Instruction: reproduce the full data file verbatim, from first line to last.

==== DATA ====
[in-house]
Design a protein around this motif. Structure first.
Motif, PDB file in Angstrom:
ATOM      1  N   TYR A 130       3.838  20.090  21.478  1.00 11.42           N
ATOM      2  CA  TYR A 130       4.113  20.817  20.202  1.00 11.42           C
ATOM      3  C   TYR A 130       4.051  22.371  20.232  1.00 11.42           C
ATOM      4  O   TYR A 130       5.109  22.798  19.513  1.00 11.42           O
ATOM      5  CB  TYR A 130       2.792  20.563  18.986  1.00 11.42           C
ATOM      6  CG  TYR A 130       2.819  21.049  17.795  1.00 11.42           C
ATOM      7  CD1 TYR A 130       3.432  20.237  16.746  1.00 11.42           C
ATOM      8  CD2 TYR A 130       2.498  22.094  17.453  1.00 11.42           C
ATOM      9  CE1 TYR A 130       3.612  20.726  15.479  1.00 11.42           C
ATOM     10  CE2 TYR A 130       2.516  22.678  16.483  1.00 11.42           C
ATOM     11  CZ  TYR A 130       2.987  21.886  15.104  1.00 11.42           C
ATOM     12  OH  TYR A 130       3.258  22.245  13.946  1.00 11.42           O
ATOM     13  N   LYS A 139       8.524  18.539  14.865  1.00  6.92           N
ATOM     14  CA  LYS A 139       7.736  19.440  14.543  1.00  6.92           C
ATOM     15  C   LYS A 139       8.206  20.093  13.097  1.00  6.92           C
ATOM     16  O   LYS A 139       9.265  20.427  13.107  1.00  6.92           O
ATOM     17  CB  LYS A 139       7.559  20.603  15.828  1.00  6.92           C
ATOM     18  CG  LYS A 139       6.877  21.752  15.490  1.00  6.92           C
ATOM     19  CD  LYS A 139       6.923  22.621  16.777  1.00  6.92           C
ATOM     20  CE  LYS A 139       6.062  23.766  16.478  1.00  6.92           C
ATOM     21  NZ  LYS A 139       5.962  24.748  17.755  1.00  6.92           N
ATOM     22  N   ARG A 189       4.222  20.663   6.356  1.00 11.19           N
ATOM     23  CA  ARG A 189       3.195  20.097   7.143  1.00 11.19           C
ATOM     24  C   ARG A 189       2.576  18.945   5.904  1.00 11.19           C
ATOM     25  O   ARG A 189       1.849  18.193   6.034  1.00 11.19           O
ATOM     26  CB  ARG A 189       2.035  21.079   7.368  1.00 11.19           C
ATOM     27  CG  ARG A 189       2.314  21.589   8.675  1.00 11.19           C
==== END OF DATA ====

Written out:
[in-house]
Design a protein around this motif. Structure first.
Motif, PDB file in Angstrom:
ATOM      1  N   TYR A 130       3.838  20.090  21.478  1.00 11.42           N
ATOM      2  CA  TYR A 130       4.113  20.817  20.202  1.00 11.42           C
ATOM      3  C   TYR A 130       4.051  22.371  20.232  1.00 11.42           C
ATOM      4  O   TYR A 130       5.109  22.798  19.513  1.00 11.42           O
ATOM      5  CB  TYR A 130       2.792  20.563  18.986  1.00 11.42           C
ATOM      6  CG  TYR A 130       2.819  21.049  17.795  1.00 11.42           C
ATOM      7  CD1 TYR A 130       3.432  20.237  16.746  1.00 11.42           C
ATOM      8  CD2 TYR A 130       2.498  22.094  17.453  1.00 11.42           C
ATOM      9  CE1 TYR A 130       3.612  20.726  15.479  1.00 11.42           C
ATOM     10  CE2 TYR A 130       2.516  22.678  16.483  1.00 11.42           C
ATOM     11  CZ  TYR A 130       2.987  21.886  15.104  1.00 11.42           C
ATOM     12  OH  TYR A 130       3.258  22.245  13.946  1.00 11.42           O
ATOM     13  N   LYS A 139       8.524  18.539  14.865  1.00  6.92           N
ATOM     14  CA  LYS A 139       7.736  19.440  14.543  1.00  6.92           C
ATOM     15  C   LYS A 139       8.206  20.093  13.097  1.00  6.92           C
ATOM     16  O   LYS A 139       9.265  20.427  13.107  1.00  6.92           O
ATOM     17  CB  LYS A 139       7.559  20.603  15.828  1.00  6.92           C
ATOM     18  CG  LYS A 139       6.877  21.752  15.490  1.00  6.92           C
ATOM     19  CD  LYS A 139       6.923  22.621  16.777  1.00  6.92           C
ATOM     20  CE  LYS A 139       6.062  23.766  16.478  1.00  6.92           C
ATOM     21  NZ  LYS A 139       5.962  24.748  17.755  1.00  6.92           N
ATOM     22  N   ARG A 189       4.222  20.663   6.356  1.00 11.19           N
ATOM     23  CA  ARG A 189       3.195  20.097   7.143  1.00 11.19           C
ATOM     24  C   ARG A 189       2.576  18.945   5.904  1.00 11.19           C
ATOM     25  O   ARG A 189       1.849  18.193   6.034  1.00 11.19           O
ATOM     26  CB  ARG A 189       2.035  21.079   7.368  1.00 11.19           C
ATOM     27  CG  ARG A 189       2.314  21.589   8.675  1.00 11.19           C